QUESTION: Compared to the bloodless coup in Honduras, the massive show of force by China's repressive forces in the province of Xinjiang has barely captured the attention of Western governments. Why has there been such a deafening silence by the international community?
BACKGROUND: This weekend's unrest in Xinjiang was perfectly encapsulated by The Australian newspaper:
"The violence and rioting in Urumqi, and other cities in the vast, desolate Western Chinese province of Xinjiang, constitute the greatest political loss of life in China since the Tiananmen massacre in 1989. They are also the most serious challenge to Chinese state authority. They demonstrate the failure of the Chinese development model for both Xinjiang and Tibet, and the crudity of Chinese rule in those two provinces.
They also demonstrate the danger of the nationalism and ethnic Han chauvinism (Han is the dominant ethnic group in China) encouraged as a key way of gaining legitimacy by the Chinese state. It also reveals a new approach to media management by Beijing. Hu Jintao had to drop out of the G8 meeting and rush back to China to take charge of the crisis. Although the heroic leader returning to the rescue is now standard in Beijing dealing with a crisis, it is nonetheless a very bad look and a serious loss of face. According to official Chinese figures, more than 150 people are dead, 800 injured, 220 buildings and 260 vehicles destroyed and more than 200 shops damaged. There have been well over 800 arrests.
The sequence of events is contested, but goes like this. In Shaoguan City in distant Guangdong province two Uighurs were accused of raping a Han Chinese girl. The Chinese authorities now say this accusation was baseless. However, it led to some kind of anti-Uighur pogrom and at least two Uighurs, and possibly a few more, were killed.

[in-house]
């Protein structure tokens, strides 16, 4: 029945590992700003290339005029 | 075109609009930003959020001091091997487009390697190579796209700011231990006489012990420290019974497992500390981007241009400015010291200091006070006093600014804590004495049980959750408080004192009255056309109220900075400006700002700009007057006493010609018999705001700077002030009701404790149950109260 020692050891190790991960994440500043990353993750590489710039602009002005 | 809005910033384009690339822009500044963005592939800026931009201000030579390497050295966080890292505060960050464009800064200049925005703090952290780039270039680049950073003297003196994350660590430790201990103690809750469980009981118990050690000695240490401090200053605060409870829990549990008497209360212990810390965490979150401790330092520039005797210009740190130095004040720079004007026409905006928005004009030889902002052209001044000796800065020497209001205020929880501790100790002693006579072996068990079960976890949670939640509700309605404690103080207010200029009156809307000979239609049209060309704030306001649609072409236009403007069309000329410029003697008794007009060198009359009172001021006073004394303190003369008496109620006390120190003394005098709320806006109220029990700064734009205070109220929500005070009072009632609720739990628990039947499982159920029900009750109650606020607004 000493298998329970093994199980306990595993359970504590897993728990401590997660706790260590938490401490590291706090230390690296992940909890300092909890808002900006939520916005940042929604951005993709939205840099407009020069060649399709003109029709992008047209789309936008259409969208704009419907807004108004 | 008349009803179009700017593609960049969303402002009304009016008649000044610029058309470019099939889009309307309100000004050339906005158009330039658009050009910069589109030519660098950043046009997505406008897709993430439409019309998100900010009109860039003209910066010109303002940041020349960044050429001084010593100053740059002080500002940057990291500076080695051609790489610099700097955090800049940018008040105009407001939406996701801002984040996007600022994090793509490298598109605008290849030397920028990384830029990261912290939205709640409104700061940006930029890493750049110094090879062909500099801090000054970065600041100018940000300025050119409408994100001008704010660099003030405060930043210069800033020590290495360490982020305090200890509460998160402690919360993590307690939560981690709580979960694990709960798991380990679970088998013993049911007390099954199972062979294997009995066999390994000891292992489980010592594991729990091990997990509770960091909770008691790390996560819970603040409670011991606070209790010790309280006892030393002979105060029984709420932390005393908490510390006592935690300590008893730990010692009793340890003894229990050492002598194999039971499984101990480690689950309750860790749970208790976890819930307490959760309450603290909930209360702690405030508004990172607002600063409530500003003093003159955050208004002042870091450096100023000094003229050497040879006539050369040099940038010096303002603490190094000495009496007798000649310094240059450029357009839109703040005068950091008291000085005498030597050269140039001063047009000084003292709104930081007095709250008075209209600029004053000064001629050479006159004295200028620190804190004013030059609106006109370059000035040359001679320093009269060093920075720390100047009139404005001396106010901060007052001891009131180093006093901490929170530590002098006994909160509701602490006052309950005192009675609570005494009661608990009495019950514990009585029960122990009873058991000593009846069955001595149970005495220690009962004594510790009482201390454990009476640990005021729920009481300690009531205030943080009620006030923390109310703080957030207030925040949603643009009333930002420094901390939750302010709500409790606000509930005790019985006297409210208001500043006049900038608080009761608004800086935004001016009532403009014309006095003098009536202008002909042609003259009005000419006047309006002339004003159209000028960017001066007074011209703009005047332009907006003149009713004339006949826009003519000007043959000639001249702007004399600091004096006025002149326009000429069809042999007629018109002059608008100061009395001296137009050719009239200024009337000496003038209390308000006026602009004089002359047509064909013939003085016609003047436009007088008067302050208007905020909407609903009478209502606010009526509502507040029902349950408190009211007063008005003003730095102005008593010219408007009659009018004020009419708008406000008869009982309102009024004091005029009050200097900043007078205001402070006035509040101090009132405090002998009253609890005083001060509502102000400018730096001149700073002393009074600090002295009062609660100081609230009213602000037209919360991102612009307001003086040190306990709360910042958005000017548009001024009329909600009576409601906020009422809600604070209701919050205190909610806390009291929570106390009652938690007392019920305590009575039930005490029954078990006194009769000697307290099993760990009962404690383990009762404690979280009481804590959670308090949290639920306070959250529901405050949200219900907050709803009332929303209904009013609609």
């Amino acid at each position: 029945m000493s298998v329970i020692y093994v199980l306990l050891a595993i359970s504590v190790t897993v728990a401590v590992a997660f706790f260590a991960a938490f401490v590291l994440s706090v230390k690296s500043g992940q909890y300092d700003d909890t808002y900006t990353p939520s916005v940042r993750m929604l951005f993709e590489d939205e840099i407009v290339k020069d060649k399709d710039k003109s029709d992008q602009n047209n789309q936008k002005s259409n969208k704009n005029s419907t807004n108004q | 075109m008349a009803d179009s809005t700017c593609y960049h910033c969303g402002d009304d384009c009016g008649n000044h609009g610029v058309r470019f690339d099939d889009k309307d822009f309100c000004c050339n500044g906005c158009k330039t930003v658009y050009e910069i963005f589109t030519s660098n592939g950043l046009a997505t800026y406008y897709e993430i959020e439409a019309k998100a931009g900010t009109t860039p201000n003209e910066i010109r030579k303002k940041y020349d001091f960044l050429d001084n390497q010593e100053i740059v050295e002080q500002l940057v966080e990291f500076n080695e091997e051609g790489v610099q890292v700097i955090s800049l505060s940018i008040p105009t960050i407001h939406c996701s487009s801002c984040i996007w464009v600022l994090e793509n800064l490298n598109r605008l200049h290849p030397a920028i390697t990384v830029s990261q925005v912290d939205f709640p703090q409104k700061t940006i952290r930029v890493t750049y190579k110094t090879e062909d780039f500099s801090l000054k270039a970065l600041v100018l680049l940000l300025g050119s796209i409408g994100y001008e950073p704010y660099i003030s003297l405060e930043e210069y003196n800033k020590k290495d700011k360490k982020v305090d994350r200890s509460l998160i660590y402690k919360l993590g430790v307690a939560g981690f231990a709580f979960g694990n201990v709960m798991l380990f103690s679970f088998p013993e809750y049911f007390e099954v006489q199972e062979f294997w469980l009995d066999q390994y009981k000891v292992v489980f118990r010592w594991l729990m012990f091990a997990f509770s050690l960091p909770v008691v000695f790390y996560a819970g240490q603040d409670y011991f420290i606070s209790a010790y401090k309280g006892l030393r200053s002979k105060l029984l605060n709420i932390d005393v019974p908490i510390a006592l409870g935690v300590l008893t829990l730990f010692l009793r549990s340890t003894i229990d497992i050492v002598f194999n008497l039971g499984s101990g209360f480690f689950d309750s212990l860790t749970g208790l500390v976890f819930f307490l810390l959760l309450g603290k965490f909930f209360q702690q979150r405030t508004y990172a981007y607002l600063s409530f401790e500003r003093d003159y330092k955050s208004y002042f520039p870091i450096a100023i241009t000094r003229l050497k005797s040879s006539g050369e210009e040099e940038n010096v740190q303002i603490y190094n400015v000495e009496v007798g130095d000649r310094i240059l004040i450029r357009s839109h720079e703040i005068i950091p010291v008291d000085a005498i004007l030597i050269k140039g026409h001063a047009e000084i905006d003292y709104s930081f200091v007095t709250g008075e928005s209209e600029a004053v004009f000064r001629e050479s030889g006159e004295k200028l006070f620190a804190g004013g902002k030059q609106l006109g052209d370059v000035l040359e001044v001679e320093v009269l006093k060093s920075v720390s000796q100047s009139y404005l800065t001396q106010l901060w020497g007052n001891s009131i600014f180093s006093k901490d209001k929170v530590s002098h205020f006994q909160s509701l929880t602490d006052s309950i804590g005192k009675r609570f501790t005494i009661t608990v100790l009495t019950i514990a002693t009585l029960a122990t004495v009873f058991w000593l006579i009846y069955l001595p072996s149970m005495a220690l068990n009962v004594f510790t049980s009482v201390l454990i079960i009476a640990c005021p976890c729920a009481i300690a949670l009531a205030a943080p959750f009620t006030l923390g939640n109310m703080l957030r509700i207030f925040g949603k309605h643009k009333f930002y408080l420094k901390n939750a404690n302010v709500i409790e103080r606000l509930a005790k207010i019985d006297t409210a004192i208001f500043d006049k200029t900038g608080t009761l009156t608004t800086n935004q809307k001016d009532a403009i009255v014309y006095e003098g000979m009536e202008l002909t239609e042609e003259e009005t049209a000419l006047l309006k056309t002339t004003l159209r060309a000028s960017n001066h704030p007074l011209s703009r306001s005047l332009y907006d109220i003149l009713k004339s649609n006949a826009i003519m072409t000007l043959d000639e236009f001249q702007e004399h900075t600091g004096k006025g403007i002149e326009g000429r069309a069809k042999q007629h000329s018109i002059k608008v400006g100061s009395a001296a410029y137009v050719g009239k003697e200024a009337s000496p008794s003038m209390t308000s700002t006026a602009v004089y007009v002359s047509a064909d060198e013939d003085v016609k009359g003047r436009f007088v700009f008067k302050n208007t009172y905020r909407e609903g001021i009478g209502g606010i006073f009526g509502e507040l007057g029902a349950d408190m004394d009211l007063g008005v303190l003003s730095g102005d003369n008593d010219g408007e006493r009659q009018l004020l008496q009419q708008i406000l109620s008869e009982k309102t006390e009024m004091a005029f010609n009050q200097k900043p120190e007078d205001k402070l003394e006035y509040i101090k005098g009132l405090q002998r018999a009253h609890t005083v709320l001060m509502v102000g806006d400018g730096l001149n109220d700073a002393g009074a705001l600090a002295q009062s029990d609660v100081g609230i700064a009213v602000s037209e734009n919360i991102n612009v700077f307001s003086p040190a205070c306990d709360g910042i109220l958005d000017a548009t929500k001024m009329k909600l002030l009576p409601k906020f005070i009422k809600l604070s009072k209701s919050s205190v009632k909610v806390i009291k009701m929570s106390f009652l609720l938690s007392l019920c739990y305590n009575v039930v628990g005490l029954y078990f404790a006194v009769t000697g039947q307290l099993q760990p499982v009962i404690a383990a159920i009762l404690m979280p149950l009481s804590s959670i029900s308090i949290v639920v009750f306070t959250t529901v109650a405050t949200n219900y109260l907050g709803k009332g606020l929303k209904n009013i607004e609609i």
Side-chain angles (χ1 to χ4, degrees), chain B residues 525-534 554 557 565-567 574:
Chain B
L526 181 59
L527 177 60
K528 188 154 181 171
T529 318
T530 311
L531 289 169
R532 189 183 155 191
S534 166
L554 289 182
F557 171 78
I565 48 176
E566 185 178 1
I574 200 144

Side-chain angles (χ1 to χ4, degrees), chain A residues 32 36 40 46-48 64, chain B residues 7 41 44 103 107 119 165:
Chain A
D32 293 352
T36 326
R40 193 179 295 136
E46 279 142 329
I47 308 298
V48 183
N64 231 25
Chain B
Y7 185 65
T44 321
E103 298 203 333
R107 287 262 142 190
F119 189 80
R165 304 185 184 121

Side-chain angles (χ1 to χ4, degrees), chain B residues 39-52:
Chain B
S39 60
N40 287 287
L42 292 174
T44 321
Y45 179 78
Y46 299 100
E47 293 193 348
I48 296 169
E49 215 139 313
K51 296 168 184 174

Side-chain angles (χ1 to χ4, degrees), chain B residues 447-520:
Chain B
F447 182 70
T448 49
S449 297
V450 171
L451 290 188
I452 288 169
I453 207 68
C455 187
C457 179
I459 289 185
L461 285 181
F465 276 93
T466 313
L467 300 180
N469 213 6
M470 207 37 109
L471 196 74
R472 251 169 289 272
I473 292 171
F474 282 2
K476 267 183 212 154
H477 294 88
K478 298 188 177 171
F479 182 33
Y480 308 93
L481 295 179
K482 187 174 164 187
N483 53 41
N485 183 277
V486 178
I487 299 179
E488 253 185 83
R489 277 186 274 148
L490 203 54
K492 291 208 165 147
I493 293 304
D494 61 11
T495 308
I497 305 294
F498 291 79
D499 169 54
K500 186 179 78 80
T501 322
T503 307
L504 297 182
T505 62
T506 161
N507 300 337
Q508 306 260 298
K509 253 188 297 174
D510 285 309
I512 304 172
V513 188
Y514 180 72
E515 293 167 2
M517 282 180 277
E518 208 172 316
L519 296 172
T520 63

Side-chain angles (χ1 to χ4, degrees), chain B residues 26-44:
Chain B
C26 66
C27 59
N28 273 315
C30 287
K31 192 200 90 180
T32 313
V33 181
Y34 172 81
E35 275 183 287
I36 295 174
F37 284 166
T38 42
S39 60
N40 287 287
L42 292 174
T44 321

This led, the next day, to a demonstration against the general repression of Uighurs, China's biggest Muslim minority, in Xinjiang's capital city, Urumqi. The Uighurs have a lot of grievances. When the Chinese communists took control of Xinjiang in 1949, ethnic Han made up about 6 per cent of the population, with Uighurs the vast majority. Today, the Han make up about 50 per cent, with Uighurs a minority in their own homeland."
ANSWER: The international community doesn't want to risk the ire of the Chinese regime, and their lucrative business opportunities in China. Similar to Western silence during the 1989 Tiananmen Square crackdown, it reminds us that the moment profit supersedes human rights in the scale of priorities, dissidents and ethnic minorities shift from being obstacles (to business) to becoming mere distractions.
This is exactly why we must always insist that business with Castro's Cuba is conditioned to the fundamental human, civil and political rights of the Cuban people. Courageous human rights and pro-democracy movements throughout the world's dictatorships deserve no less.
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